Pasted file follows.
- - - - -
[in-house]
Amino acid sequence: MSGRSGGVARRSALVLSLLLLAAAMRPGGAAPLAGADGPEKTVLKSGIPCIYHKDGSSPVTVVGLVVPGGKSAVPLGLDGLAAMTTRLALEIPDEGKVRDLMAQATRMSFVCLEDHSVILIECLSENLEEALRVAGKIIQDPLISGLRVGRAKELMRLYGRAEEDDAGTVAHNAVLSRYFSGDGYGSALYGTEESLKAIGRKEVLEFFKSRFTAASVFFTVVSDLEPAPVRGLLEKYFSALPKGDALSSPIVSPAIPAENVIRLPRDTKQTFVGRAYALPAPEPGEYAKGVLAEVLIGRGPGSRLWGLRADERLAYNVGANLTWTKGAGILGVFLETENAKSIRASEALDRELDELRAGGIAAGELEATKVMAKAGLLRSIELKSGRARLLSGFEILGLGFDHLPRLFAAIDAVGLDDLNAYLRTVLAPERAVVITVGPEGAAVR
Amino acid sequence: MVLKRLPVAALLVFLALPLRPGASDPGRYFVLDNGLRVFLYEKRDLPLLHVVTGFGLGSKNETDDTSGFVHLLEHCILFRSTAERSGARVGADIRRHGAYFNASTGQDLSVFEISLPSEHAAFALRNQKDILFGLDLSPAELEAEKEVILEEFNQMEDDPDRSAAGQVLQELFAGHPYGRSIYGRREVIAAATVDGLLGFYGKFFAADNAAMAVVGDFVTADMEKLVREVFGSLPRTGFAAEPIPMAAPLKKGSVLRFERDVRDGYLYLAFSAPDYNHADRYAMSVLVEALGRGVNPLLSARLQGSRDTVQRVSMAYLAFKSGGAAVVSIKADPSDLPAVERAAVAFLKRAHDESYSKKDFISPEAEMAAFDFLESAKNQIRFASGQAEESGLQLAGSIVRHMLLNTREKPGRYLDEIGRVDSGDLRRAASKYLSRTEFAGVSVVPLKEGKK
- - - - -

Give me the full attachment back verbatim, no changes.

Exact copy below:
[in-house]
Amino acid sequence: MSGRSGGVARRSALVLSLLLLAAAMRPGGAAPLAGADGPEKTVLKSGIPCIYHKDGSSPVTVVGLVVPGGKSAVPLGLDGLAAMTTRLALEIPDEGKVRDLMAQATRMSFVCLEDHSVILIECLSENLEEALRVAGKIIQDPLISGLRVGRAKELMRLYGRAEEDDAGTVAHNAVLSRYFSGDGYGSALYGTEESLKAIGRKEVLEFFKSRFTAASVFFTVVSDLEPAPVRGLLEKYFSALPKGDALSSPIVSPAIPAENVIRLPRDTKQTFVGRAYALPAPEPGEYAKGVLAEVLIGRGPGSRLWGLRADERLAYNVGANLTWTKGAGILGVFLETENAKSIRASEALDRELDELRAGGIAAGELEATKVMAKAGLLRSIELKSGRARLLSGFEILGLGFDHLPRLFAAIDAVGLDDLNAYLRTVLAPERAVVITVGPEGAAVR
Amino acid sequence: MVLKRLPVAALLVFLALPLRPGASDPGRYFVLDNGLRVFLYEKRDLPLLHVVTGFGLGSKNETDDTSGFVHLLEHCILFRSTAERSGARVGADIRRHGAYFNASTGQDLSVFEISLPSEHAAFALRNQKDILFGLDLSPAELEAEKEVILEEFNQMEDDPDRSAAGQVLQELFAGHPYGRSIYGRREVIAAATVDGLLGFYGKFFAADNAAMAVVGDFVTADMEKLVREVFGSLPRTGFAAEPIPMAAPLKKGSVLRFERDVRDGYLYLAFSAPDYNHADRYAMSVLVEALGRGVNPLLSARLQGSRDTVQRVSMAYLAFKSGGAAVVSIKADPSDLPAVERAAVAFLKRAHDESYSKKDFISPEAEMAAFDFLESAKNQIRFASGQAEESGLQLAGSIVRHMLLNTREKPGRYLDEIGRVDSGDLRRAASKYLSRTEFAGVSVVPLKEGKK